A quick note: sorters.club

So, I stumbled across this platform: sorters.club–because it’s the platform created by a friend of mine and because it’s based on Jordan Peterson’s work, I simply had to register.

Nevertheless, I’m more than skeptical about such endeavours: Is this necessary? Life has taught me that, usually, I can maneuver around obstacles and I always know how to move forward without having written down explicit goals beforehand. I have a feel for what is possible; where opportunities are found to penetrate the smoke screen of the unknown that surrounds us. I have a feel for when I’m about to fail–or maybe it’s just that an already existing subconscious decision becomes apparent–I cannot differentiate between the two cases.

Such thoughts tend to turn out like a sketch for a fantastic comic, which is then supposed to be filled with colors. I resort to view life as a ping-pong between the ever-changing mystical creatures that make up the landscape around me and myself. The more you play, the better you become at playing the game. Sometimes the ball bounces off in a weird way; sometimes it is returned exactly as expected. By reacting, by playing, that which you should learn becomes an immediate part of yourself. What is learned is not articulated, not formalized, not anticipated–just felt.

Another thing I learned is that, very rarely, does my life follow what I imagine it should be. Realistically, I have a vague idea what it could be. Whenever I start writing down goals, however, I’m going for the exceptional–why else would I start writing down goals? For what we call mediocre unfolds right in front of my eyes–though, thinking about it, I have to admit that I’m troubled calling the humans around me mediocre.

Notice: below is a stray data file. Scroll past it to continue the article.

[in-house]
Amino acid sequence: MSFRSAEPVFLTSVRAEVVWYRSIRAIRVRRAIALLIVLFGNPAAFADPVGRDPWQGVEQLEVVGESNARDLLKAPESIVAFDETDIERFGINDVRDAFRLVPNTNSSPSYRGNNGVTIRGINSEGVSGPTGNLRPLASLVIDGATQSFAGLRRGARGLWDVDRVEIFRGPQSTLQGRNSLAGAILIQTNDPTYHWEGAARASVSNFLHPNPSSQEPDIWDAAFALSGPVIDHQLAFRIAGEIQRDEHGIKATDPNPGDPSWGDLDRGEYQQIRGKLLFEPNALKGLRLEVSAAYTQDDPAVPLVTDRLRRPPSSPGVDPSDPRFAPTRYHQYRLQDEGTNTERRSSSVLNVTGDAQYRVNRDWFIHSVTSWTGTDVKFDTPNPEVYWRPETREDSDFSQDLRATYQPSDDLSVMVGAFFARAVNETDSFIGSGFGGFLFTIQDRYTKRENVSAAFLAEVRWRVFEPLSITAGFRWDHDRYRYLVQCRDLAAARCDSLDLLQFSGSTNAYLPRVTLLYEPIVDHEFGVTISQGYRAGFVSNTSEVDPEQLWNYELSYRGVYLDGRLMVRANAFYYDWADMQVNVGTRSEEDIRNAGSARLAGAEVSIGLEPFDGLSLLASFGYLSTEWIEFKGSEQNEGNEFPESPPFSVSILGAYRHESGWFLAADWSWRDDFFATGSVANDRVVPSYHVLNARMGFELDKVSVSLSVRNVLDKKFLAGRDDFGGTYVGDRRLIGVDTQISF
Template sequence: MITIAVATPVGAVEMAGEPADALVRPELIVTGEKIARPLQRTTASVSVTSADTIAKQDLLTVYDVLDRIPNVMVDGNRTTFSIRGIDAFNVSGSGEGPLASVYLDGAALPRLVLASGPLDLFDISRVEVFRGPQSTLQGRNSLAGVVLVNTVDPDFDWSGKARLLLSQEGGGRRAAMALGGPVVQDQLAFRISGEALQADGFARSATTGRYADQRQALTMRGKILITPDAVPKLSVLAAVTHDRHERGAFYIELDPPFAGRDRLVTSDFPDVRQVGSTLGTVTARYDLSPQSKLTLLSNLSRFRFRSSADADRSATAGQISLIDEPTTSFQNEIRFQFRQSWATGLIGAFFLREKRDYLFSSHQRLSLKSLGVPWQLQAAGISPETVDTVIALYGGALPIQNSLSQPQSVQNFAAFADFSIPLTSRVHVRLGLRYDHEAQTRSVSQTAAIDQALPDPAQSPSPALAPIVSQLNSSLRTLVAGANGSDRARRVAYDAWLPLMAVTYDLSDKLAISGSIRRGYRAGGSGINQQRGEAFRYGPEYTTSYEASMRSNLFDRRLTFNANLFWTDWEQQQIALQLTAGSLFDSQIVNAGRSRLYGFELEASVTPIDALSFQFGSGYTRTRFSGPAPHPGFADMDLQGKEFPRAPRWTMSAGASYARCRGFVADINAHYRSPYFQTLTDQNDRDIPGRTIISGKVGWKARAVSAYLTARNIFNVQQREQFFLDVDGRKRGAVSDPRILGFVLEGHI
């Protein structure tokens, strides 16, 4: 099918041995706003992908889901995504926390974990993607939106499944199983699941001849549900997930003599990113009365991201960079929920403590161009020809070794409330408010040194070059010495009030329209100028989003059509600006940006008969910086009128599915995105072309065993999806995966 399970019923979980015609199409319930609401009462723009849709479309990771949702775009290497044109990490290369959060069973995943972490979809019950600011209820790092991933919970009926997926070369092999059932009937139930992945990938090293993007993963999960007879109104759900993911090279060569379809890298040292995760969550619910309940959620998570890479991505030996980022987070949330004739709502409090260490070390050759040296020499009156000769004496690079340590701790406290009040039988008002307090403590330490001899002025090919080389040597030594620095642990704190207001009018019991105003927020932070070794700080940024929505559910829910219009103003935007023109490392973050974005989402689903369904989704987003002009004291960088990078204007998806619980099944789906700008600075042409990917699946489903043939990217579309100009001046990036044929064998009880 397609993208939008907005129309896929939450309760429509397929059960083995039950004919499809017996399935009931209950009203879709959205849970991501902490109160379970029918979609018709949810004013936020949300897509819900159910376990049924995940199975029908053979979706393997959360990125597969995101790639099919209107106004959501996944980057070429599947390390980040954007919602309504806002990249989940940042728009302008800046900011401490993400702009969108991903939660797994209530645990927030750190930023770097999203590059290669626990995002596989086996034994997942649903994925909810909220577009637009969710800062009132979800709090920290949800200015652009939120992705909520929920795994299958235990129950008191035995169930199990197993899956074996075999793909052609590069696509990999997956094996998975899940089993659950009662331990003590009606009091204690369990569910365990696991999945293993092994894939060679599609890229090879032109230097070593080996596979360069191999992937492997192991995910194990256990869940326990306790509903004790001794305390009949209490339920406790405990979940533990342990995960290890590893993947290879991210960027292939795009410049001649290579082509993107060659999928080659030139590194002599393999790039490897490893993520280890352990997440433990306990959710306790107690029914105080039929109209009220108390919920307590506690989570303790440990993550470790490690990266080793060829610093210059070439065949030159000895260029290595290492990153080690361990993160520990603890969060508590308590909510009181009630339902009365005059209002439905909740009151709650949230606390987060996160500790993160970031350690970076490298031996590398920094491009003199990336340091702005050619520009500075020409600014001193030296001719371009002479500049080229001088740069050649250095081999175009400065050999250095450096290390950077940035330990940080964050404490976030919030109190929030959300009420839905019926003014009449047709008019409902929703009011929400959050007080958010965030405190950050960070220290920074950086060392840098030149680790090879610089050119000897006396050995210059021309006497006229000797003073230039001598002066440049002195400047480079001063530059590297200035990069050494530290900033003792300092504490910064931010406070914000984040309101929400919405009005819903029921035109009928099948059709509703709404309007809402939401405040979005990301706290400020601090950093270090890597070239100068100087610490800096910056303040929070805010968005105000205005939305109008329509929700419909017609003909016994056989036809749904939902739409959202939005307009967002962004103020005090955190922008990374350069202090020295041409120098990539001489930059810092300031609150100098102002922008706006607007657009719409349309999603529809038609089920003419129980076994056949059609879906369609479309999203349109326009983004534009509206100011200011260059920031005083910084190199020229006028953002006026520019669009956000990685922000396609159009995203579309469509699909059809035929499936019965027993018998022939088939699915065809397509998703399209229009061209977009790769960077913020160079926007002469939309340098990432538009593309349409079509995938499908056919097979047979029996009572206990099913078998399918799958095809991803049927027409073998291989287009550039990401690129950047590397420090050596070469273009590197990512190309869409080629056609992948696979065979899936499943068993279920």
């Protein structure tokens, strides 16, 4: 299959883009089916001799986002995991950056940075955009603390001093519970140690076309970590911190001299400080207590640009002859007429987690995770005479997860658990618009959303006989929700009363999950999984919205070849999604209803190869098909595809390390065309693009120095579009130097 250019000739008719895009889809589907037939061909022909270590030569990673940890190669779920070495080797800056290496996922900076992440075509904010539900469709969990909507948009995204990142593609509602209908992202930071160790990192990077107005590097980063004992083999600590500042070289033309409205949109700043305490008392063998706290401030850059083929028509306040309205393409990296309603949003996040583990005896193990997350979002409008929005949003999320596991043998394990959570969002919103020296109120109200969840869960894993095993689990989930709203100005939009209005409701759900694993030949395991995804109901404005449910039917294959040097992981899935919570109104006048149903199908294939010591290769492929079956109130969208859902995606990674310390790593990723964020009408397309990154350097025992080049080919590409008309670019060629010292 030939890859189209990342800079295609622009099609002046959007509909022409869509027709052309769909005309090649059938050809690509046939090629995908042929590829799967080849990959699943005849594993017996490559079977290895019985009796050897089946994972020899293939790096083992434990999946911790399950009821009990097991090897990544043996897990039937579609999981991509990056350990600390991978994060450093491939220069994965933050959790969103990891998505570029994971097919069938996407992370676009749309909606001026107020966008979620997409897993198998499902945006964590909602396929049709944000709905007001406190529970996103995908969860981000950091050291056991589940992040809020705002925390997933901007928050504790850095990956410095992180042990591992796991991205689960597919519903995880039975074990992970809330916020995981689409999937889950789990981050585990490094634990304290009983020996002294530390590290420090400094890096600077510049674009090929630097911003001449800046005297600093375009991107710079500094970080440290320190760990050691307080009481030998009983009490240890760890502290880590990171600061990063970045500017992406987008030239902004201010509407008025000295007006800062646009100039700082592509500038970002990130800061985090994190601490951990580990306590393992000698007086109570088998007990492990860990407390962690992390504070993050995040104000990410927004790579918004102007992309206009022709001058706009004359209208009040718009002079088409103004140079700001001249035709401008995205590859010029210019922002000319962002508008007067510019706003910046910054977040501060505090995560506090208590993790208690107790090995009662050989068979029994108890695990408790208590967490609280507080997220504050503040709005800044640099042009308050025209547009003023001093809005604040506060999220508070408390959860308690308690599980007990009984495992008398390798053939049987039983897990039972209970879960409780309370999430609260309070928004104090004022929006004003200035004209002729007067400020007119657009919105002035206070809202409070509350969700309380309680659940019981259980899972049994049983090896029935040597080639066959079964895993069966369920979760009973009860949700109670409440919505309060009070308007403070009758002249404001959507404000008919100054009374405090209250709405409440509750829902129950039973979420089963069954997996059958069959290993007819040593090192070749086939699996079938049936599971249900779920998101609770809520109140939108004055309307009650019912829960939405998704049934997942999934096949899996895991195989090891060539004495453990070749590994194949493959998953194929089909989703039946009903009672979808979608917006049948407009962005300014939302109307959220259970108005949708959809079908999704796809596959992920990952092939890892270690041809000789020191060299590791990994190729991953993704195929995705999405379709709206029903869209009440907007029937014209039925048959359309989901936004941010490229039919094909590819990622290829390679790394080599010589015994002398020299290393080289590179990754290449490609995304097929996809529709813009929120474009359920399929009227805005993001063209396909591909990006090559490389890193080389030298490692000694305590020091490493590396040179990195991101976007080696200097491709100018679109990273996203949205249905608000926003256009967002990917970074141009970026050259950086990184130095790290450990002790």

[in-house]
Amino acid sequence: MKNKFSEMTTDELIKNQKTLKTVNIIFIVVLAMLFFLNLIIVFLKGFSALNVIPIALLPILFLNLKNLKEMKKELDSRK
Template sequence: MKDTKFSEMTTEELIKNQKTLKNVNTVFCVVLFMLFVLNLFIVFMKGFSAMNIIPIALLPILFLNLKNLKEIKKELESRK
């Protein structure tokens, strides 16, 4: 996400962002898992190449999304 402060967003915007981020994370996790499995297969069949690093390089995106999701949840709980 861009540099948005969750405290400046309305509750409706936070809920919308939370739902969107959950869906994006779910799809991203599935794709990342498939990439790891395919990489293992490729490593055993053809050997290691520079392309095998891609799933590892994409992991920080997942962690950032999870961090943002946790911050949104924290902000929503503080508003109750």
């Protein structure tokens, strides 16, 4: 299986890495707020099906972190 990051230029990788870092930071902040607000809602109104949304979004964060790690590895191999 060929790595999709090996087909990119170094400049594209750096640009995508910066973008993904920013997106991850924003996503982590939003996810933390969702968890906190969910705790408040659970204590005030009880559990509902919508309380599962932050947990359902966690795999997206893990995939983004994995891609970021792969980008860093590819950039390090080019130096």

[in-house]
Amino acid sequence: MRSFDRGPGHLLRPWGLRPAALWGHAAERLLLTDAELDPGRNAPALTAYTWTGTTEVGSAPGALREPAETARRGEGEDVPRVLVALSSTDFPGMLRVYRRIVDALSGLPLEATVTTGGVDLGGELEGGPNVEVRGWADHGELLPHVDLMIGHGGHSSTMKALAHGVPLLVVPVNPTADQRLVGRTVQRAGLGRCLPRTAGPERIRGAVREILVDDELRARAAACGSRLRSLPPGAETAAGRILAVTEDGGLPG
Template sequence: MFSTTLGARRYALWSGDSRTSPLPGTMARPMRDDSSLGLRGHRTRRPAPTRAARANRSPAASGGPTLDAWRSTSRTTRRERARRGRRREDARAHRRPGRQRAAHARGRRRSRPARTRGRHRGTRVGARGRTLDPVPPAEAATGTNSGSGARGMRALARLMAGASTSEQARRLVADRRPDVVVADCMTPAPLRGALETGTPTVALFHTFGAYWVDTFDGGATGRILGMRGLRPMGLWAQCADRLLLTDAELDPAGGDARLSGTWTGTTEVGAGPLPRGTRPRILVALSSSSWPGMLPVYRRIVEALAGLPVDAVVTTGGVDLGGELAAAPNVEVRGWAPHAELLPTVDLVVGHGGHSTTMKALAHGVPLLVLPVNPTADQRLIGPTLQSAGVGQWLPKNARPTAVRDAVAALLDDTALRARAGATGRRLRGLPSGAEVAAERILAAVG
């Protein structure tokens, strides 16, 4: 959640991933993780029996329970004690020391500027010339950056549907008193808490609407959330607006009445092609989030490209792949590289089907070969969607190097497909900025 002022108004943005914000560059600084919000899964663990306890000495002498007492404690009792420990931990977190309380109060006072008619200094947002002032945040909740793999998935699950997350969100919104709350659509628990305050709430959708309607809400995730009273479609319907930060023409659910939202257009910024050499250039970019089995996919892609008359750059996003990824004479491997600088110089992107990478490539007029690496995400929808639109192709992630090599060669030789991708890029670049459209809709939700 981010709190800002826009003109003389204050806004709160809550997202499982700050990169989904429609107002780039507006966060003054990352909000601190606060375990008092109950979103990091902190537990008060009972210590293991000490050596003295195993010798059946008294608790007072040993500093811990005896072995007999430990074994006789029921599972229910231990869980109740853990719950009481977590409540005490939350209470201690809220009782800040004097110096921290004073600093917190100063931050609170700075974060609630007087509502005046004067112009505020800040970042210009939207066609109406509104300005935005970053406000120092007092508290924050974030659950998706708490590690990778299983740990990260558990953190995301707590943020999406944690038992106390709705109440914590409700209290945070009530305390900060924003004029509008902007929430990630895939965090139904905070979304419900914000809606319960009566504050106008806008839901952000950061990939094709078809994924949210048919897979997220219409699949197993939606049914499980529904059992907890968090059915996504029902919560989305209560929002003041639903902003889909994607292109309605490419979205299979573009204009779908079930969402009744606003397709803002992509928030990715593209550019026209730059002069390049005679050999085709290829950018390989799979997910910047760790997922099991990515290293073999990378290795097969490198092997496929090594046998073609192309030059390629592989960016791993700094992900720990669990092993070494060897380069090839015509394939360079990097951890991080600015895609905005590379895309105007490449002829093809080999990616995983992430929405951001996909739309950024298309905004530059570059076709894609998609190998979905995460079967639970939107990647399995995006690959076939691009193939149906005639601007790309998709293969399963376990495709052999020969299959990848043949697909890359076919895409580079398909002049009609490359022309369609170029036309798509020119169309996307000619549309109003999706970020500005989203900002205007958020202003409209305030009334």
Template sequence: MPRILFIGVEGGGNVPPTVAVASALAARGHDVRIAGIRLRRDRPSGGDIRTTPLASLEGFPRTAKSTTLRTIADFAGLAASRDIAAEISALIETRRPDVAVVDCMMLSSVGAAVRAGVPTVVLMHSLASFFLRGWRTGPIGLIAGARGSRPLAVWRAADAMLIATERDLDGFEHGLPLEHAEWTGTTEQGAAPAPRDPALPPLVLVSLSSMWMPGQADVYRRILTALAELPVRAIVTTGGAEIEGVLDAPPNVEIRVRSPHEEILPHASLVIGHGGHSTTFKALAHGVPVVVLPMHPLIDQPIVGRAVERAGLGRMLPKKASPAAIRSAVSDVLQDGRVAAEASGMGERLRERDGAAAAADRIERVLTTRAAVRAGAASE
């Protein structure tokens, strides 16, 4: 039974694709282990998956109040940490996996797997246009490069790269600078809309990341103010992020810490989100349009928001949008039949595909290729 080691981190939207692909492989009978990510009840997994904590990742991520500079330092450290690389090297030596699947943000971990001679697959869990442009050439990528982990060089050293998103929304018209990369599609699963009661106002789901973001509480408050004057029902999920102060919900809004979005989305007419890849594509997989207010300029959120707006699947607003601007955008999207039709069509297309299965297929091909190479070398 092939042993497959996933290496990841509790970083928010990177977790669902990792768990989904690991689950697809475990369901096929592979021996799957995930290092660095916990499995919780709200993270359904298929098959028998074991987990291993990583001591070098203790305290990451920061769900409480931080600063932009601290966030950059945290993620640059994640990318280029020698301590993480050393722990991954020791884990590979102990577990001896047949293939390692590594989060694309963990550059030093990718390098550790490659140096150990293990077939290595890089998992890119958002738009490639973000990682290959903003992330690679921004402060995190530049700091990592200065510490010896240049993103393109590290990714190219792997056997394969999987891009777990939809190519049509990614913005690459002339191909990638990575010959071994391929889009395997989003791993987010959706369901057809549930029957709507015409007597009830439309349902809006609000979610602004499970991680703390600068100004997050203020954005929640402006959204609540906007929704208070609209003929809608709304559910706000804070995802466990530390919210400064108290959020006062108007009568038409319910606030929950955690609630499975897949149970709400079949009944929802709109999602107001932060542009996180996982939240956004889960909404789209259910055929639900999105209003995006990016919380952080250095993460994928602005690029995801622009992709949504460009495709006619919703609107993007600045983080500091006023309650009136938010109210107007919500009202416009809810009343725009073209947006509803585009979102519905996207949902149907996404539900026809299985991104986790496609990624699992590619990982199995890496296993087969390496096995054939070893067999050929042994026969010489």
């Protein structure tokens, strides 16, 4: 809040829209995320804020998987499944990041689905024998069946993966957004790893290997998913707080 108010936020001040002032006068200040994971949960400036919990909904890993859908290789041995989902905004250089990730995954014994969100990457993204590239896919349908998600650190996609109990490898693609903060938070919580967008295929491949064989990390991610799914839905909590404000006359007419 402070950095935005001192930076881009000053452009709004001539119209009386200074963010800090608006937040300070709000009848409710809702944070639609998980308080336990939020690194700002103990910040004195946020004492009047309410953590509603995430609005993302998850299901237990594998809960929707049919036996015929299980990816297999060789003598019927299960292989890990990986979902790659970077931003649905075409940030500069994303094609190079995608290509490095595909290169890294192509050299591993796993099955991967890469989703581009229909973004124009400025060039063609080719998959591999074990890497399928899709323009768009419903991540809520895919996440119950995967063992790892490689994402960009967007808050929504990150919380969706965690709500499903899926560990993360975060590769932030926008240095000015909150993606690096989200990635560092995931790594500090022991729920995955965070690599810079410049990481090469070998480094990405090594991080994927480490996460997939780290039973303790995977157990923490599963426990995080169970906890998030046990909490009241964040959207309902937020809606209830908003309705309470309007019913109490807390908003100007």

Whenever I was unhappy with myself and I felt the need to improve myself, I tried one of these platforms (the term is applied broadly here). For a couple of months I followed the advice of David Allen’s Getting Things Done, for example–I understand that GTD is somewhat of an orthogonal topic to what we discuss here. However, I found that I hardly have the discipline to carry around notebooks to keep track of my thoughts. I tend to make a mess, abusing ToDo-Lists to write down arbitrary thoughts instead of actions and vice-versa. Frankly speaking, I also found that many people gave up on these GTD-measures after the hype around those techniques cooled down again. I figure that there are a number of reasons for that–one among which is that, for most of us, there necessarily is a context-dependent fragmentation of how we organize ToDos. Work related “ToDo’s”, for example, are usually organized using special purpose tools (JIRA, for example). But I digress …

Considering Peterson’s advice, I tried to find connections to works that I have previously read. What comes to mind are two books: 59 seconds by Richard Wiseman and The Seven Habits of Highly Effective People by Stephen Covey.

To act locally can be loosely connected to the circle of concern and circle of influence, respectively, that Covey describes in his book. Making a step-by-step plan or describing clearly stated goals is also suggested in Wiseman’s book in the chapter about Motivation. He also suggests going public about one’s own goals–I guess that’s the whole idea about having a public platform such as sorters.club.

The problem however is, of course, that nobody might care. Who on earth would remind me of my goals. Is it necessary that somebody else actually reads these words or does it suffice that I think somebody might read this. Does somebody read this? (Except me, of course.)

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